The first organ to be precisely simulated using these methods was the heart. Based on MR images and ECG measurements, the model simulates the physiological processes of a patient’s most vital organ. Virtual planning can then be performed to visualise its responses to treatment on a computer before the actual intervention.
Siemens Healthineers is developing intelligent algorithms that generate digital models of organs based on vast amounts of data. Cardiologists tested the use of these algorithms in cardiac resynchronisation in a research project at the University of Heidelberg. The Heidelberg cardiologists created a digital twin of the patient’s heart, virtually implanted the electrodes, and virtually generated electrical pulses.
If the asynchronous pumping of the virtual heart was corrected, it served as an indication that resynchronisation therapy could also be successful in the real patient. This is an excellent example of using digitalisation and AI to help physicians develop more precise prognoses. Siemens Healthineers is pursuing an ambitious vision – that someday there will be digital twins of individual patients’ entire bodies.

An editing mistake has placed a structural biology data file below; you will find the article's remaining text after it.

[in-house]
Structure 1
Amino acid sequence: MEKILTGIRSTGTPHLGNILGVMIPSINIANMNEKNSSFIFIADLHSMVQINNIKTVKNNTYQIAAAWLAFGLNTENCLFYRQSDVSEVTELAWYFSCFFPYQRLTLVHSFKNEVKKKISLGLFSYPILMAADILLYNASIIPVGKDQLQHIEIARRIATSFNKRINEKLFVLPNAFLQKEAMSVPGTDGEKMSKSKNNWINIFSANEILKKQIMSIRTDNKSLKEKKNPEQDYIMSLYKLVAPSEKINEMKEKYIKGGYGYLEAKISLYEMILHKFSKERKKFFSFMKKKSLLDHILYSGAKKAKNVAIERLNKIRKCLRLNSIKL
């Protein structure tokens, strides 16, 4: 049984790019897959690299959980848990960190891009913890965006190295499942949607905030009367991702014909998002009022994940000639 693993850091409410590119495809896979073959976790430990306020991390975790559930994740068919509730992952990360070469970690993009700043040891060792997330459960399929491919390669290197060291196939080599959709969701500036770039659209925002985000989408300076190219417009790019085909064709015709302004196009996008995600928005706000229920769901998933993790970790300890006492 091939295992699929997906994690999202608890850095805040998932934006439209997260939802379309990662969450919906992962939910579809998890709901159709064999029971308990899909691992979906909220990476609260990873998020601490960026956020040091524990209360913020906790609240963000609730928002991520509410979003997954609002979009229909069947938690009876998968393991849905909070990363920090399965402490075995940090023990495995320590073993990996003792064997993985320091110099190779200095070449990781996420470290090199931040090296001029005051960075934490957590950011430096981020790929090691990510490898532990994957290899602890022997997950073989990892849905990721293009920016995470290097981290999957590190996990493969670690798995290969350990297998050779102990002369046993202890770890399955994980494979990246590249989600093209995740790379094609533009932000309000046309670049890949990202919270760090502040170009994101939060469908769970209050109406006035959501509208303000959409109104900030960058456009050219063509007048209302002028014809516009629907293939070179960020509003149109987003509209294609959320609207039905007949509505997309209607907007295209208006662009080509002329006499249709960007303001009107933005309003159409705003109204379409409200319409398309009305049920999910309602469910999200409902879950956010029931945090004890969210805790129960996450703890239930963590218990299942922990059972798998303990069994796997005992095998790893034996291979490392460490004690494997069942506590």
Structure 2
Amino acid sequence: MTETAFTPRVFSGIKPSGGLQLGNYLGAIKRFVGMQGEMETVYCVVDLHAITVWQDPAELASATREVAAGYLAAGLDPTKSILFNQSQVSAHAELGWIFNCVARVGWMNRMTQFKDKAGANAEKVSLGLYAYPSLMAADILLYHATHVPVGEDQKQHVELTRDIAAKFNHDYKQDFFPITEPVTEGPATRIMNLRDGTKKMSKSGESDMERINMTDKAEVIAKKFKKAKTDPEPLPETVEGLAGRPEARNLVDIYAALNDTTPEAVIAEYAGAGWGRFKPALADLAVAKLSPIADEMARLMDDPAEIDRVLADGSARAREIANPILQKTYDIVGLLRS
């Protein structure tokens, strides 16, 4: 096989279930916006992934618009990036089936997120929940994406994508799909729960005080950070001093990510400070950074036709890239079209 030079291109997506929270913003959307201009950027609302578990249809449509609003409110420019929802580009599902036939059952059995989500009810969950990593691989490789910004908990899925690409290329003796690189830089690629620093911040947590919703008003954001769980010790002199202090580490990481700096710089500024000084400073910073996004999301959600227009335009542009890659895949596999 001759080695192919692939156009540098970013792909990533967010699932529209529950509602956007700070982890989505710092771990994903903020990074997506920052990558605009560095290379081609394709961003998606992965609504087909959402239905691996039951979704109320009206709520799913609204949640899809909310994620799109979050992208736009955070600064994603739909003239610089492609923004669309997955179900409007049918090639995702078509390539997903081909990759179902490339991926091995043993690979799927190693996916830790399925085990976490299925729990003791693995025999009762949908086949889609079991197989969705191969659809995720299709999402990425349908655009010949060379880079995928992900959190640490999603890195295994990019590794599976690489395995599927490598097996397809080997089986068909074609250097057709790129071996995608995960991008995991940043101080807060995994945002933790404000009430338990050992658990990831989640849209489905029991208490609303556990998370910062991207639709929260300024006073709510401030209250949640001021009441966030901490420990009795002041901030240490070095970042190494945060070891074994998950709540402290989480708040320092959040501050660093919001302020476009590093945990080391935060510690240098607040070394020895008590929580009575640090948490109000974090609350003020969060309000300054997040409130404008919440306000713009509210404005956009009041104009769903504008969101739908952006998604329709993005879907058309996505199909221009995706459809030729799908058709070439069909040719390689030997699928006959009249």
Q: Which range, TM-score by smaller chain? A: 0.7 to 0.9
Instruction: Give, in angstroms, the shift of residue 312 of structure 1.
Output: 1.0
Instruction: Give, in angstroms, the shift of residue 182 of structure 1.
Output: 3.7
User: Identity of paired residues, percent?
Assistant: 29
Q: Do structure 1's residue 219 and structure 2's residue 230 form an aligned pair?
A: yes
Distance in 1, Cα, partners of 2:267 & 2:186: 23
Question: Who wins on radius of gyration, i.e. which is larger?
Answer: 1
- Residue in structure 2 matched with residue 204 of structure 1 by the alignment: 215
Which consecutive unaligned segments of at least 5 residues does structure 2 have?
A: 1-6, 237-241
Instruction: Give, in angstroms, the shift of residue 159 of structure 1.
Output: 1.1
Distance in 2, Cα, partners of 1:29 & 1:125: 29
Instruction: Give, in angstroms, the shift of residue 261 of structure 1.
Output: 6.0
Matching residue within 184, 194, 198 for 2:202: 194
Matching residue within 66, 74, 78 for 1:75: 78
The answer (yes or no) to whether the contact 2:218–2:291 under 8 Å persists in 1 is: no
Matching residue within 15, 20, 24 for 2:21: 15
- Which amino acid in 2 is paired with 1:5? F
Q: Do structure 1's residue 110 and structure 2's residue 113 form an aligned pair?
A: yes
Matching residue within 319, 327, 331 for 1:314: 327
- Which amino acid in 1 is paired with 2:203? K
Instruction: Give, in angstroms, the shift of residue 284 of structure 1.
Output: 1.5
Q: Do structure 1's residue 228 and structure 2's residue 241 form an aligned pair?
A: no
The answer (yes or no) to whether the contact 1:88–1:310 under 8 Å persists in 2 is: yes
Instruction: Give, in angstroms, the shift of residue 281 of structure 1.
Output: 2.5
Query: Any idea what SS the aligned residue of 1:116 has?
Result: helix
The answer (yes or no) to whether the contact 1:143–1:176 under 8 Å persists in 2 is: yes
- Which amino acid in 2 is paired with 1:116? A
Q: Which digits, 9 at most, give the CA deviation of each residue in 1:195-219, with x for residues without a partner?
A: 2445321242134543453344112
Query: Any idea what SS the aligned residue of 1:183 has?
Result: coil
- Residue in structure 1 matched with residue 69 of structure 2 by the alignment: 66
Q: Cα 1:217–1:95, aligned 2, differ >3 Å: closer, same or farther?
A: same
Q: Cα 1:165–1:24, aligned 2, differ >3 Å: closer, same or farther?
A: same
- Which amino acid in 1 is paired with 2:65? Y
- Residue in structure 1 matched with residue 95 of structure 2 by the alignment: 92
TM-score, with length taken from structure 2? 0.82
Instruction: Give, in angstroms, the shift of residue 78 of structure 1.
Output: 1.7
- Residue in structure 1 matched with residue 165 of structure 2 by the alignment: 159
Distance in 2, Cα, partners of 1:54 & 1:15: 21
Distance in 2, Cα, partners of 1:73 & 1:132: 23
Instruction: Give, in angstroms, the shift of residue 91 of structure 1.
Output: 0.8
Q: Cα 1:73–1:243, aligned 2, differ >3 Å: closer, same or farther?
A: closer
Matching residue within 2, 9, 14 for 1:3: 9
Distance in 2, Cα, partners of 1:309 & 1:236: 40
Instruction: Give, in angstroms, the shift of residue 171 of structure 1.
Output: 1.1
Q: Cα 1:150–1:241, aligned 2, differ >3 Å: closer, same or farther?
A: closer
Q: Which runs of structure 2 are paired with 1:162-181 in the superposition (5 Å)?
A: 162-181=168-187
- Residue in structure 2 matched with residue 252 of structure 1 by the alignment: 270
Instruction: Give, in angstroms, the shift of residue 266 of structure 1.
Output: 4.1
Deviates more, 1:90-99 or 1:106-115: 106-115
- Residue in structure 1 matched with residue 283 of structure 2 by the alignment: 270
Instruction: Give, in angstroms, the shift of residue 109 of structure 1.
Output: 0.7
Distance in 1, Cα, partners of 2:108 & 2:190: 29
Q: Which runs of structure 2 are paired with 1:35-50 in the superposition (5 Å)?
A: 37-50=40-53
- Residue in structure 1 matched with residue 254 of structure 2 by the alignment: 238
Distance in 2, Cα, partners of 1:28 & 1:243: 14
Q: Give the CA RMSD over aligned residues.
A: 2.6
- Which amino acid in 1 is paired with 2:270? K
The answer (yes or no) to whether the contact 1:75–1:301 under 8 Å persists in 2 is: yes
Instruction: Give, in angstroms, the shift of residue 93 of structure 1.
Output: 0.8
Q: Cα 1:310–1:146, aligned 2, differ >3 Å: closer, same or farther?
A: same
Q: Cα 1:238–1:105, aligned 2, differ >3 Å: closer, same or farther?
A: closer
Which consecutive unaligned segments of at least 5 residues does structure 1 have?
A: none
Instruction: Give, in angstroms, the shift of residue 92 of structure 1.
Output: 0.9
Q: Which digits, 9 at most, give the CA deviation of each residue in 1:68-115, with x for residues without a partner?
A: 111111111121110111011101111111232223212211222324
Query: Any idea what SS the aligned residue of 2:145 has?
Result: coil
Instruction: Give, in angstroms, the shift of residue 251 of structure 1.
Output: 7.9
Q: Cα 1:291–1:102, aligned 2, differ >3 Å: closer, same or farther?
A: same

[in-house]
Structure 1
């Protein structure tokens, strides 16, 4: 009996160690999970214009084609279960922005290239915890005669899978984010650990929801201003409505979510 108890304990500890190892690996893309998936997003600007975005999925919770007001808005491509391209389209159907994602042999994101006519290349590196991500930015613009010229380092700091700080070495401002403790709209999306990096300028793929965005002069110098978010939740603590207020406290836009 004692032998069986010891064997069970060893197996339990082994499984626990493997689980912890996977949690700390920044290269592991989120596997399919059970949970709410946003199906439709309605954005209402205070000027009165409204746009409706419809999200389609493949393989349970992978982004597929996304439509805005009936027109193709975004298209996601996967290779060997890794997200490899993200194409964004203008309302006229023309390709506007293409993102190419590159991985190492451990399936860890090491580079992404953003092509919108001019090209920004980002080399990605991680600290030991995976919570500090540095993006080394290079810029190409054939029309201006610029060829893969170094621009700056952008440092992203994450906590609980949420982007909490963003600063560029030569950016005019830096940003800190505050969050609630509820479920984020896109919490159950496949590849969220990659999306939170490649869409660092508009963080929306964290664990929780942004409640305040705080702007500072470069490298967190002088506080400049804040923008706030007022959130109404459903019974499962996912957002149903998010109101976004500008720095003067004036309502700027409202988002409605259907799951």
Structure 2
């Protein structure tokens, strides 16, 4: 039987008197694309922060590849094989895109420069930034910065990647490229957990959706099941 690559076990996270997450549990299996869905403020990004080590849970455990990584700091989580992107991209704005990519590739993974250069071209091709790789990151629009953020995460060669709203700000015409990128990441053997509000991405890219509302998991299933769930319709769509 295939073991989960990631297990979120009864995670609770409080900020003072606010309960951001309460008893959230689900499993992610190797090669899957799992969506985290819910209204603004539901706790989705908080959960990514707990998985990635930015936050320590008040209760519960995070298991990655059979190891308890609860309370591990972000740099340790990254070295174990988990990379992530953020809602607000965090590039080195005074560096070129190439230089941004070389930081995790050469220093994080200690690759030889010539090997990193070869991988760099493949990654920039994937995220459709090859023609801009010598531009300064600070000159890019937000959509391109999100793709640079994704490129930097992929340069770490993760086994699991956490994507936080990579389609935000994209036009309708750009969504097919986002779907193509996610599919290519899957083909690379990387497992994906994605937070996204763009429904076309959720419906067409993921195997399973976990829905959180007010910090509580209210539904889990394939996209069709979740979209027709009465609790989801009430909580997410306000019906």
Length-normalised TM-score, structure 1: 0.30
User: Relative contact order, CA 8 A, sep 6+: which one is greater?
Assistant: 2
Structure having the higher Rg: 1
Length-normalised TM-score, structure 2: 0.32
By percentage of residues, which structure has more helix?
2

In addition to the treatment of individual patients, digital twins could also help to optimise workflows, departments, or even entire organisations, such as hospitals. In a strategic partnership between Siemens Healthineers and the Medical University of South Carolina (MUSC), focusing on creating value, they plan to explore a range of options, including process optimisation using digital models of the hospital’s daily routine.
The goal is to offer patients the best possible care and, at the same time, set a new standard for other hospitals. Several scenarios can be simulated as digital twins and their effects on process efficiency represented without incurring major costs.
|Fabrice Leguet, Siemens Healthineers' president and managing director in South East Asia, spoke at the event|